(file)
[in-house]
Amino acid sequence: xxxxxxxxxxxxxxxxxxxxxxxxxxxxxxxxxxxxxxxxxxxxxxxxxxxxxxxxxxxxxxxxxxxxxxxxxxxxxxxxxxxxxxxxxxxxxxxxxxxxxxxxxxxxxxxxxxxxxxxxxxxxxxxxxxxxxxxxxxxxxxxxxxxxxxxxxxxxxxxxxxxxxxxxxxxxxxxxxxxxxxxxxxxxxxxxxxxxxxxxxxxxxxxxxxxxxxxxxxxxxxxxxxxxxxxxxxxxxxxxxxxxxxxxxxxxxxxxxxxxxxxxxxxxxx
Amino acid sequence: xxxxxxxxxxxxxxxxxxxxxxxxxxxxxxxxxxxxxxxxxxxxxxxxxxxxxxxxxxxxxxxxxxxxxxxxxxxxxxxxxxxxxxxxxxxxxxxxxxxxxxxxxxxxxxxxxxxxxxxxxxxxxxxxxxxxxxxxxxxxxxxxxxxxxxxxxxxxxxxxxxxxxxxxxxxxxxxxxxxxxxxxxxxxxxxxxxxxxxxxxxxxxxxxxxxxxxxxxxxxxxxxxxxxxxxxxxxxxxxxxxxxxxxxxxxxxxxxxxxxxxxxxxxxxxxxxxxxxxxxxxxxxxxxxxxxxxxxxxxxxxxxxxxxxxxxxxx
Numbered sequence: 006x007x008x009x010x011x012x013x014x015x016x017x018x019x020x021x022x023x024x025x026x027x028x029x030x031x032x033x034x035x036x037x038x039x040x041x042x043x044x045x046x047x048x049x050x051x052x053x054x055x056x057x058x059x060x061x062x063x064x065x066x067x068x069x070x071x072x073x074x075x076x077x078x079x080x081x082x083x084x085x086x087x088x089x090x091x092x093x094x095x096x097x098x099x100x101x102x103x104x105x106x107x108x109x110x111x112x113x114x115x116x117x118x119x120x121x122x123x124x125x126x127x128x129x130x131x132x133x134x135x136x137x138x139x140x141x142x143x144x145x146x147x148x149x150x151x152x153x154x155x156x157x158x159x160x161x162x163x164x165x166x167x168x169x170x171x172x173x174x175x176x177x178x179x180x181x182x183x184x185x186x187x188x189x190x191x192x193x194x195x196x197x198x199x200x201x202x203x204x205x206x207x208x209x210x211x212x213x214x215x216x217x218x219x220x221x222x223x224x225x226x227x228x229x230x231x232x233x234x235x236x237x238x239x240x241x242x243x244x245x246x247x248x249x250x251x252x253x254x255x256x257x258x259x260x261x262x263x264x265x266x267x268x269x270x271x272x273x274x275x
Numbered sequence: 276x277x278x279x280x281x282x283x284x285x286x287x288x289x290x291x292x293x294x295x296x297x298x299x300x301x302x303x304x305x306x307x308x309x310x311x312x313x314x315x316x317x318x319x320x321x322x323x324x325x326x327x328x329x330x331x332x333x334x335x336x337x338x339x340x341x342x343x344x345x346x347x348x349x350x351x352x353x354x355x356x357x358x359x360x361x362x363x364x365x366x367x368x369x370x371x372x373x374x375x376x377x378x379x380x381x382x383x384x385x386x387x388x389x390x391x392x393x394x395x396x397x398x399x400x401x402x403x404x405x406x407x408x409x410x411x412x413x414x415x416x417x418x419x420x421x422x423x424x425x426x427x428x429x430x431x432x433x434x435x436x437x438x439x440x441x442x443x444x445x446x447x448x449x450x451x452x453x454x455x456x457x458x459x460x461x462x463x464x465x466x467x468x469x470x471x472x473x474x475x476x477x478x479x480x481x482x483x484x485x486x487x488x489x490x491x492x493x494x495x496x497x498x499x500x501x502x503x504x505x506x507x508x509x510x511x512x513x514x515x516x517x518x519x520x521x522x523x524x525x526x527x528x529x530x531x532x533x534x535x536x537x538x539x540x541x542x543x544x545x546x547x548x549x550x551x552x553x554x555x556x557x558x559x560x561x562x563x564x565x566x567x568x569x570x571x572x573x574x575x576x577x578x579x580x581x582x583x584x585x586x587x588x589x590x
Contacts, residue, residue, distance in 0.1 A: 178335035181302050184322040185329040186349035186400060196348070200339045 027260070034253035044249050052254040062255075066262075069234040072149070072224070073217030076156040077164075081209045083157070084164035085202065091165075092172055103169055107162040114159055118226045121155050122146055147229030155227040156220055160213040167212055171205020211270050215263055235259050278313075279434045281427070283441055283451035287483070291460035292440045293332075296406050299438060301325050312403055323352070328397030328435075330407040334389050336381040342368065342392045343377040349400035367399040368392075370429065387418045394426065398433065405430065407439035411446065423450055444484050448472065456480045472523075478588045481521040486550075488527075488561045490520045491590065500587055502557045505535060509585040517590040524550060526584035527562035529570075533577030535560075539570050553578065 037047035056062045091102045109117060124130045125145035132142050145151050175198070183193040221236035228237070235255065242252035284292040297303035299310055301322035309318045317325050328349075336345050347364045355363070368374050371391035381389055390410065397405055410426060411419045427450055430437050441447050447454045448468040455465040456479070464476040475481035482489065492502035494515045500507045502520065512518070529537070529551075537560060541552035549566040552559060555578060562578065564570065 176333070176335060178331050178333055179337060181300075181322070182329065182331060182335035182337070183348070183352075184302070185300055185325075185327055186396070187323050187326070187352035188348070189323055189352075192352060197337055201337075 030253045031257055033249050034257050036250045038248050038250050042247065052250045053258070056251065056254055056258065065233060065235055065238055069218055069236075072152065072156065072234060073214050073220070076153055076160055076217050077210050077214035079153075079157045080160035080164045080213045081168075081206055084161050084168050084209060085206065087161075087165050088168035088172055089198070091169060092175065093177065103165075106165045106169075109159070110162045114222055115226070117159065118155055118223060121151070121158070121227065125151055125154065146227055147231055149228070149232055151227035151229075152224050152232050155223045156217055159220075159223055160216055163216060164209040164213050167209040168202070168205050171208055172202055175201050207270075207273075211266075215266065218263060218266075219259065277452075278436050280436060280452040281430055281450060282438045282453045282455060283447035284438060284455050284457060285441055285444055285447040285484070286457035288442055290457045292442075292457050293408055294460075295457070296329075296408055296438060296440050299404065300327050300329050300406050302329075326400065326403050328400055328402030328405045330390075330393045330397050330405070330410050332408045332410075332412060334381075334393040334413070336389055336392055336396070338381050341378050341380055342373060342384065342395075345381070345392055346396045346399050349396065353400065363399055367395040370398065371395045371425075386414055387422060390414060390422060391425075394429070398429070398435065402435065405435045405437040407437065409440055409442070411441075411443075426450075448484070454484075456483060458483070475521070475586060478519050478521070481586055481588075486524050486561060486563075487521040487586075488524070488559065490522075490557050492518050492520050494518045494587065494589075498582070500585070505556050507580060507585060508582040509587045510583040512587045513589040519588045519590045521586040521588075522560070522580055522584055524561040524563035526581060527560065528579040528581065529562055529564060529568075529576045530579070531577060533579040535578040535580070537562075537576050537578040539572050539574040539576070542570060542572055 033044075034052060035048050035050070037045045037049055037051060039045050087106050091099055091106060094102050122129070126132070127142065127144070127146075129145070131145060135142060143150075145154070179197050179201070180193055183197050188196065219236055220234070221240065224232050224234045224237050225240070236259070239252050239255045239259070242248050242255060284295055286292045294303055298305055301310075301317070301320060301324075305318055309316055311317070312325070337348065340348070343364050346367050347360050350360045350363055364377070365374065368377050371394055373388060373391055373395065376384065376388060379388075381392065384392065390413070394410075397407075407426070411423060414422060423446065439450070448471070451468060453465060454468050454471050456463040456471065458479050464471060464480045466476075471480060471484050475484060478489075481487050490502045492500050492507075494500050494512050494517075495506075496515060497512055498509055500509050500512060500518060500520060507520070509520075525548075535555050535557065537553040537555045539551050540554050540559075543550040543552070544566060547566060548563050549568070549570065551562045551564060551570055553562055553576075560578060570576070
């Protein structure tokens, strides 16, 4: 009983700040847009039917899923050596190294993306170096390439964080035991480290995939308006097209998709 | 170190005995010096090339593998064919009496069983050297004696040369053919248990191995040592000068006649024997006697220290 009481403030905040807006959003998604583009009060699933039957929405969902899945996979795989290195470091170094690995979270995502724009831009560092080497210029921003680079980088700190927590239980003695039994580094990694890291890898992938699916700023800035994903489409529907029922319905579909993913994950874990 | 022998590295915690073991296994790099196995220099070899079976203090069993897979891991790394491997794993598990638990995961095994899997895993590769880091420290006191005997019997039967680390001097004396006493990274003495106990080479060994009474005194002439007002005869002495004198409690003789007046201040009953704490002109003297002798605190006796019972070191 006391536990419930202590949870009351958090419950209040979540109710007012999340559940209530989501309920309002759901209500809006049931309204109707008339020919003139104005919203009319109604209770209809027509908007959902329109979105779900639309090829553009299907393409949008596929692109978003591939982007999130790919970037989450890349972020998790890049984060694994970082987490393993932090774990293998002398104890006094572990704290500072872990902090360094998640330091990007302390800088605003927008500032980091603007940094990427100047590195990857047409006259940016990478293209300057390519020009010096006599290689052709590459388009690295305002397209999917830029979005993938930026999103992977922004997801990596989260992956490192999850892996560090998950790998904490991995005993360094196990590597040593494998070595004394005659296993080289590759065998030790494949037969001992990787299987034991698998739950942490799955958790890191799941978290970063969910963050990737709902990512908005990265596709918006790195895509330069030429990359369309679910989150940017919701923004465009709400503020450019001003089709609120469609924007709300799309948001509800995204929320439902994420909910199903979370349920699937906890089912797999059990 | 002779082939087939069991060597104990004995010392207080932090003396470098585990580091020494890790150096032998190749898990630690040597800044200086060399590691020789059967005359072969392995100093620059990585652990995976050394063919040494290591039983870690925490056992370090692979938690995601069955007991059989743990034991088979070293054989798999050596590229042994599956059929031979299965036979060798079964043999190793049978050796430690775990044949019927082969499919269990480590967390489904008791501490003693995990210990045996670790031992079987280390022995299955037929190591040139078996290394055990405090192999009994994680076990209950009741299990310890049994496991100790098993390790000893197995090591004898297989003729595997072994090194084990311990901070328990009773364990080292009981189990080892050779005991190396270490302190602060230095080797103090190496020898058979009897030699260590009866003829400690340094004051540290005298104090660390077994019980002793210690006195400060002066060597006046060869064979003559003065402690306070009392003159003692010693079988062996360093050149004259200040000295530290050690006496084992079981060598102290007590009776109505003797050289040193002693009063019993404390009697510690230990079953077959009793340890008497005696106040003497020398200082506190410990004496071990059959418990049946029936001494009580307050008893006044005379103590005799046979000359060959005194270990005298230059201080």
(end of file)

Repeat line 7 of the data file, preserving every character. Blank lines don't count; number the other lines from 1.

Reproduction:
């Protein structure tokens, strides 16, 4: 009983700040847009039917899923050596190294993306170096390439964080035991480290995939308006097209998709 | 170190005995010096090339593998064919009496069983050297004696040369053919248990191995040592000068006649024997006697220290 009481403030905040807006959003998604583009009060699933039957929405969902899945996979795989290195470091170094690995979270995502724009831009560092080497210029921003680079980088700190927590239980003695039994580094990694890291890898992938699916700023800035994903489409529907029922319905579909993913994950874990 | 022998590295915690073991296994790099196995220099070899079976203090069993897979891991790394491997794993598990638990995961095994899997895993590769880091420290006191005997019997039967680390001097004396006493990274003495106990080479060994009474005194002439007002005869002495004198409690003789007046201040009953704490002109003297002798605190006796019972070191 006391536990419930202590949870009351958090419950209040979540109710007012999340559940209530989501309920309002759901209500809006049931309204109707008339020919003139104005919203009319109604209770209809027509908007959902329109979105779900639309090829553009299907393409949008596929692109978003591939982007999130790919970037989450890349972020998790890049984060694994970082987490393993932090774990293998002398104890006094572990704290500072872990902090360094998640330091990007302390800088605003927008500032980091603007940094990427100047590195990857047409006259940016990478293209300057390519020009010096006599290689052709590459388009690295305002397209999917830029979005993938930026999103992977922004997801990596989260992956490192999850892996560090998950790998904490991995005993360094196990590597040593494998070595004394005659296993080289590759065998030790494949037969001992990787299987034991698998739950942490799955958790890191799941978290970063969910963050990737709902990512908005990265596709918006790195895509330069030429990359369309679910989150940017919701923004465009709400503020450019001003089709609120469609924007709300799309948001509800995204929320439902994420909910199903979370349920699937906890089912797999059990 | 002779082939087939069991060597104990004995010392207080932090003396470098585990580091020494890790150096032998190749898990630690040597800044200086060399590691020789059967005359072969392995100093620059990585652990995976050394063919040494290591039983870690925490056992370090692979938690995601069955007991059989743990034991088979070293054989798999050596590229042994599956059929031979299965036979060798079964043999190793049978050796430690775990044949019927082969499919269990480590967390489904008791501490003693995990210990045996670790031992079987280390022995299955037929190591040139078996290394055990405090192999009994994680076990209950009741299990310890049994496991100790098993390790000893197995090591004898297989003729595997072994090194084990311990901070328990009773364990080292009981189990080892050779005991190396270490302190602060230095080797103090190496020898058979009897030699260590009866003829400690340094004051540290005298104090660390077994019980002793210690006195400060002066060597006046060869064979003559003065402690306070009392003159003692010693079988062996360093050149004259200040000295530290050690006496084992079981060598102290007590009776109505003797050289040193002693009063019993404390009697510690230990079953077959009793340890008497005696106040003497020398200082506190410990004496071990059959418990049946029936001494009580307050008893006044005379103590005799046979000359060959005194270990005298230059201080």